Bringing US-style classes home to China

Updated: 2013-02-24 09:21

By Mike Peters (China Daily)

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An old saying goes, "Idle hands are the devil's tools." But sometimes, good things can come from boredom.

Today, 25-year-old Hao Liu sits in a gleaming new CEO's office in Beijing's Sanlitun Soho area because he couldn't find something to do with his summer break while studying abroad in the US.

Bringing US-style classes home to China

Hao Liu's idea has blossomed into a multicity operation with a staff of 52. Ricky Wong / for China Daily

"It was the end of my first year at Wabash College in Indiana," he says, "and I was looking for a program over there where I could earn credits during the three months' break." He didn't find a US university program that fit his needs, but he found some accredited, American-style courses in Hong Kong and Singapore.

And then he thought: But why not in the Chinese mainland? "Plus," he says, "those programs were limited, only for four weeks."

So Liu, who was studying math and philosophy in the US, seized the opportunity to become an education entrepreneur.

Liu and a friend who'd been at Harvard Law School entered a partnership to create SIE International Summer School, which opened on the campus of Shanghai's East China Normal University in 2010. They created a structure that was considered unique three years ago but has been copied widely since.

"We wanted to offer a summer of American-style classes taught by American professors for American university credits. First- and second-year Chinese students can come home for a summer break without interrupting their studies," he says. He knew that would appeal to parents, too.

ECNU in Shanghai liked the idea, he says, but they'd never done anything like that before. Schools officials told him to try to recruit students and teachers and "we'll see".

Liu hoped to get about 60 students that first year, and signed up 240. Through his US contacts he also recruited 13 teachers - three from his own university, Wabash - and the company was off and running.

Liu finished his own degree in Indiana last year, and today presides over more than 50 employees who organize summer-school programs at six universities around China.

The Chinese schools provide facilities, but SIE recruits teachers and sets academic standards are strict, thanks to a review board entirely composed of American teachers. There is no institutional pressure to inflate grades - teachers work for SIE and not the host universities.

"The stigma of 'no-fail' would kill us in the long-run," says Liu, who seems proud that 2 to 5 percent of SIE's enrollees actually fail.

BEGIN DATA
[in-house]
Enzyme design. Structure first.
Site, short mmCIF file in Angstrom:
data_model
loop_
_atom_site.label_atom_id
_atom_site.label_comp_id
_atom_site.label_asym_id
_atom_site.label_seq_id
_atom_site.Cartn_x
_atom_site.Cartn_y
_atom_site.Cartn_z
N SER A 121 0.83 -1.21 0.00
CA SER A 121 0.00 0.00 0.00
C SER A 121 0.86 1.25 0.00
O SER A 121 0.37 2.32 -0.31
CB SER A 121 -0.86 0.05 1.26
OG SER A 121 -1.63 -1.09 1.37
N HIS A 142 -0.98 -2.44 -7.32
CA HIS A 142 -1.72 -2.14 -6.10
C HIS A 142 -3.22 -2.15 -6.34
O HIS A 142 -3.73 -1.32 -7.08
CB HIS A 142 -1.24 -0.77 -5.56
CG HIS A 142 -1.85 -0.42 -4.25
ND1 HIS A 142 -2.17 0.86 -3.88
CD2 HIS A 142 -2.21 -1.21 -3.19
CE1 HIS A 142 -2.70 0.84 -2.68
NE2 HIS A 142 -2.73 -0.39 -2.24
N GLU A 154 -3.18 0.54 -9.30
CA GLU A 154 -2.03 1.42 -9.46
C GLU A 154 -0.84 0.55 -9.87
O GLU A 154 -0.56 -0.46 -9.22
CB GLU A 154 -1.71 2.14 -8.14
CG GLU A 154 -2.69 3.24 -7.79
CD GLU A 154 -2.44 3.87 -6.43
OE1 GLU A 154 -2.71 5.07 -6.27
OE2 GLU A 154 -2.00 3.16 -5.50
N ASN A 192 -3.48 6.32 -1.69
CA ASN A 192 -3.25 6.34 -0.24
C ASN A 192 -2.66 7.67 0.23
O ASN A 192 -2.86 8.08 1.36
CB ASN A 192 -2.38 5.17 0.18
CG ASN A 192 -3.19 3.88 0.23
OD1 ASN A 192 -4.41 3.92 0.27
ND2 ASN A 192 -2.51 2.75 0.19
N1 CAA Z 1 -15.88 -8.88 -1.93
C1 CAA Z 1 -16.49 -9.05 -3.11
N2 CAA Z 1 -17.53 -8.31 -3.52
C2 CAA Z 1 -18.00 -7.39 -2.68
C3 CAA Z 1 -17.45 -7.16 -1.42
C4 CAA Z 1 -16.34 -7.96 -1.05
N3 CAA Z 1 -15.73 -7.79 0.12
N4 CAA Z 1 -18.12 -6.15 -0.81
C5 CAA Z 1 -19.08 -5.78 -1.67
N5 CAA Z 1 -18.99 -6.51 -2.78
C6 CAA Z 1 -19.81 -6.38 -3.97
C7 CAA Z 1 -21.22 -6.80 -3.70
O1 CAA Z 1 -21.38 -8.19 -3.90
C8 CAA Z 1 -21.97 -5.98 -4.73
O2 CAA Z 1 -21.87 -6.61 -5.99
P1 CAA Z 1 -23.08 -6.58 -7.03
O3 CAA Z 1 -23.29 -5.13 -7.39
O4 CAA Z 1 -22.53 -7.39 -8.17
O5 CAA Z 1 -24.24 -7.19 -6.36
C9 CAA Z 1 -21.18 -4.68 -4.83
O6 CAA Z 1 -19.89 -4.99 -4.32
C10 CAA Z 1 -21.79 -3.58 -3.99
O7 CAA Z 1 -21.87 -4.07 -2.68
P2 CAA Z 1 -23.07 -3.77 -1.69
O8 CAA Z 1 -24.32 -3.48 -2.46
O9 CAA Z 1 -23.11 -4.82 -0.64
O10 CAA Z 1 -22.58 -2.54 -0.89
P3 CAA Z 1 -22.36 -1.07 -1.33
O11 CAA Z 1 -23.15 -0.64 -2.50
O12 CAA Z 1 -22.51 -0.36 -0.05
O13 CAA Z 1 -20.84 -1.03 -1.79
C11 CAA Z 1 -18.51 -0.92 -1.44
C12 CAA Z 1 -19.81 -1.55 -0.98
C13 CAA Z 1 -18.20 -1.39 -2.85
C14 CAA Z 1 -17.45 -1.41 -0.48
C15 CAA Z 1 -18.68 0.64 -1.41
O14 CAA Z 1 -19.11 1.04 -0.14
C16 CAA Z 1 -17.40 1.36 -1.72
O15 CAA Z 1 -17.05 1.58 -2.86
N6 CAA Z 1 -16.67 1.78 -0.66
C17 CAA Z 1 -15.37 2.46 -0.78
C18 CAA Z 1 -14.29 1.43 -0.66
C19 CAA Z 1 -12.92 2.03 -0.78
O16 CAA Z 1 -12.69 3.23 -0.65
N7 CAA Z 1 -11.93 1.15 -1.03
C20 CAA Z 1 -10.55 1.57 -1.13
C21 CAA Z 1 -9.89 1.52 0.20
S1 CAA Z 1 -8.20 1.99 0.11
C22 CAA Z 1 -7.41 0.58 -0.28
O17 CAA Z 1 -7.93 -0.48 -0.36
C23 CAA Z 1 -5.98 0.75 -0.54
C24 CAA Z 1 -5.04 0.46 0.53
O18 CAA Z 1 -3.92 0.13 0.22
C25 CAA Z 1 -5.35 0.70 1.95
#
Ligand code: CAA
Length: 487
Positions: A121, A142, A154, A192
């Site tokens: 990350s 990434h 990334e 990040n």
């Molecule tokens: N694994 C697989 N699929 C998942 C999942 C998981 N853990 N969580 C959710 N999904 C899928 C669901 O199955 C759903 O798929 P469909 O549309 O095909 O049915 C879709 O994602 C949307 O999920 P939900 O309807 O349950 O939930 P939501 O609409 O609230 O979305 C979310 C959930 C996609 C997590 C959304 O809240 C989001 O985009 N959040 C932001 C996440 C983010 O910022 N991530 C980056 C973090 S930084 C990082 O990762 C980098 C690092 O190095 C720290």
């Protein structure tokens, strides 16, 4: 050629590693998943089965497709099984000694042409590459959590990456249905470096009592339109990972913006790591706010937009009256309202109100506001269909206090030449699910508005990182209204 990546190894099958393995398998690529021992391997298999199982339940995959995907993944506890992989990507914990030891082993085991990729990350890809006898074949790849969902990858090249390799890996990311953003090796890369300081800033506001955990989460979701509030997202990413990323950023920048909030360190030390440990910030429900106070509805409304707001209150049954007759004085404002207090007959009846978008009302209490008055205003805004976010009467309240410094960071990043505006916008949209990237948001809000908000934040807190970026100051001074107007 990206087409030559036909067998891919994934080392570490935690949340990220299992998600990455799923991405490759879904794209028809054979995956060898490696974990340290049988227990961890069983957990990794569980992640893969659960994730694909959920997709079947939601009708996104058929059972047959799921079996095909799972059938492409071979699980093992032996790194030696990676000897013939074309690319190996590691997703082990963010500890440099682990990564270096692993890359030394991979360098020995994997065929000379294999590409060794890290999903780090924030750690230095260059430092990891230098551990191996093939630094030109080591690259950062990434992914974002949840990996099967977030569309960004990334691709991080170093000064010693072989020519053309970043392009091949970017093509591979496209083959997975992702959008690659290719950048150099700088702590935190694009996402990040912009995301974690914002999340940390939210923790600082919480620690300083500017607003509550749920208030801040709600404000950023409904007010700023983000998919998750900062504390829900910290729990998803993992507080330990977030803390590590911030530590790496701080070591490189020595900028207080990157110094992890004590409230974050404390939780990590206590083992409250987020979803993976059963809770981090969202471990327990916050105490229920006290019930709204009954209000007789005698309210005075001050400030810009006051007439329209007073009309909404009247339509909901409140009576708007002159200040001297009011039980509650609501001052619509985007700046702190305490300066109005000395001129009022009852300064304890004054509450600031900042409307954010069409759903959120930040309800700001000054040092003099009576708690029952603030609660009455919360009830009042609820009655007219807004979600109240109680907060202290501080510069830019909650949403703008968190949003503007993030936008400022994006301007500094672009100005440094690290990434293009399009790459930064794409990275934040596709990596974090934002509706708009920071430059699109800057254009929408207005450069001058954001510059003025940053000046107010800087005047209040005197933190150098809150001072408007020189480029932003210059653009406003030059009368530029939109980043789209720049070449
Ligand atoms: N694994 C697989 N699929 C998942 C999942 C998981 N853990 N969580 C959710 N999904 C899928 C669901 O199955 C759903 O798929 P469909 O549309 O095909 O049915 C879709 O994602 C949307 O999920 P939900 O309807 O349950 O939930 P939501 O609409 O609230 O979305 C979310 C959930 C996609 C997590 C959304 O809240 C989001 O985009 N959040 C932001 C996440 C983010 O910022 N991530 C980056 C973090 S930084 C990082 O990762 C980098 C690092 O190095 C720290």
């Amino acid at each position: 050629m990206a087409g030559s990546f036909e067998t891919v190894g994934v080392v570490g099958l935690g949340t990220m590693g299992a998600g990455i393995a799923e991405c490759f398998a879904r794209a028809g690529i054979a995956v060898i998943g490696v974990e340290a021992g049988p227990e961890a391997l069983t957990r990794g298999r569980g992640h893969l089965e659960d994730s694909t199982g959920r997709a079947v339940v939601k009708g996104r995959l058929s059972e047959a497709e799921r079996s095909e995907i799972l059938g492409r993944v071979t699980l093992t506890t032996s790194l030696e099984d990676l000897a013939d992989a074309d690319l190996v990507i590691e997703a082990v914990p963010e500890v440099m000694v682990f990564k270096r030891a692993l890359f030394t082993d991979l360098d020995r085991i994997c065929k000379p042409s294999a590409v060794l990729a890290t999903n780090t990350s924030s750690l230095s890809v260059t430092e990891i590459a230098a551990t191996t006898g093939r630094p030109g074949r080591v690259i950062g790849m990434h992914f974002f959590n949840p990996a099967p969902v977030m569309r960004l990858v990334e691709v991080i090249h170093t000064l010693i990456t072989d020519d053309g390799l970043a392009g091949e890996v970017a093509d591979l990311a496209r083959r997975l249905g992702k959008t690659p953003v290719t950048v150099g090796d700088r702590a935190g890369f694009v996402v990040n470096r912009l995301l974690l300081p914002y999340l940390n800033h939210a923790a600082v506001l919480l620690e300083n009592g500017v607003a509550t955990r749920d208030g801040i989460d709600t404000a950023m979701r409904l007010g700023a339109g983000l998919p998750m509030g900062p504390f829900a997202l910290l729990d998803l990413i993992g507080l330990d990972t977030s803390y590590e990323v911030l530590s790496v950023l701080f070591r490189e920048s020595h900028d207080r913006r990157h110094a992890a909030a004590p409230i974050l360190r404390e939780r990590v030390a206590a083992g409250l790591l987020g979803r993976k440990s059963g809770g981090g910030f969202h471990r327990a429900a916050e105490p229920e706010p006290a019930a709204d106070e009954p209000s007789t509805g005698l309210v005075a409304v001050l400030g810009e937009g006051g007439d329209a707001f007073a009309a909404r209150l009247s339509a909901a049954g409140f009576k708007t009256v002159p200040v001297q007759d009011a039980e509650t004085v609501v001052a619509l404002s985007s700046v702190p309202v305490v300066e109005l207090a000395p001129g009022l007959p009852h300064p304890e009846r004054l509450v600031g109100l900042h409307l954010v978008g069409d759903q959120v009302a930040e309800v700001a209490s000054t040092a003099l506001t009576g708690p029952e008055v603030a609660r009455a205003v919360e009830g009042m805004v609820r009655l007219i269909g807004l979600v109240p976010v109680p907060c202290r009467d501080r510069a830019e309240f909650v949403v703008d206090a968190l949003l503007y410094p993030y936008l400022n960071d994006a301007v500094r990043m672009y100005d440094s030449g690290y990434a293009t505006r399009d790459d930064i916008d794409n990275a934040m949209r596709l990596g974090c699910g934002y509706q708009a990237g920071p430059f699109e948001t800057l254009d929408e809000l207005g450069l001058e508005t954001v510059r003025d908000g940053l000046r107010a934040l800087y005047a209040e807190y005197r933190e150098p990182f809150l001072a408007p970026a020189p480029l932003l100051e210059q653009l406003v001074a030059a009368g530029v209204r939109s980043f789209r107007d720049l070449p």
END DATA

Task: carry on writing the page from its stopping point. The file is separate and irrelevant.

"For students who have been struggling to maintain their level of academic performance in a new environment," says instructor Kesho Scott, "being back in China re-establishes their comfort zone but still gives them US-standard classes.

"And for the professors? We get a great opportunity to come to China and work - without giving up our 'regular job' during the normal academic year."

While SIE has a US director who recruits from a base in Los Angeles, Liu makes about a half-dozen trips to the US himself every year to recruit teachers. One trip always coincides with Wabash University's annual big game vs DePaul, when the two rivals vie for the Monon Bell trophy.

More than 3,000 students have passed through the program, and SIE will offer classes in Vietnam for the first time this year as well as the six Chinese campuses. Renren, the social network known as the Facebook of China, is a major investor.

"It's exciting to be making US universities rethink study abroad," he says, adding that he hopes SIE will eventually offer a four-year program though at least one university. "It will be a Chinese diploma, American style."

While Liu can spit out facts and figures in a manner that's all business, he doesn't mind acknowledging that his own university days included fun as well as study.

"I had many friends - it was an all-male college so sometimes it was like a big fraternity," he says.

So was the beer better in the US?

He laughs out loud, shaking his head no. "It's much better here," he says, but concedes the circumstances were different in the small Midwestern town.

"In college," he says, "we pretty much drank beer from Wal-Mart."

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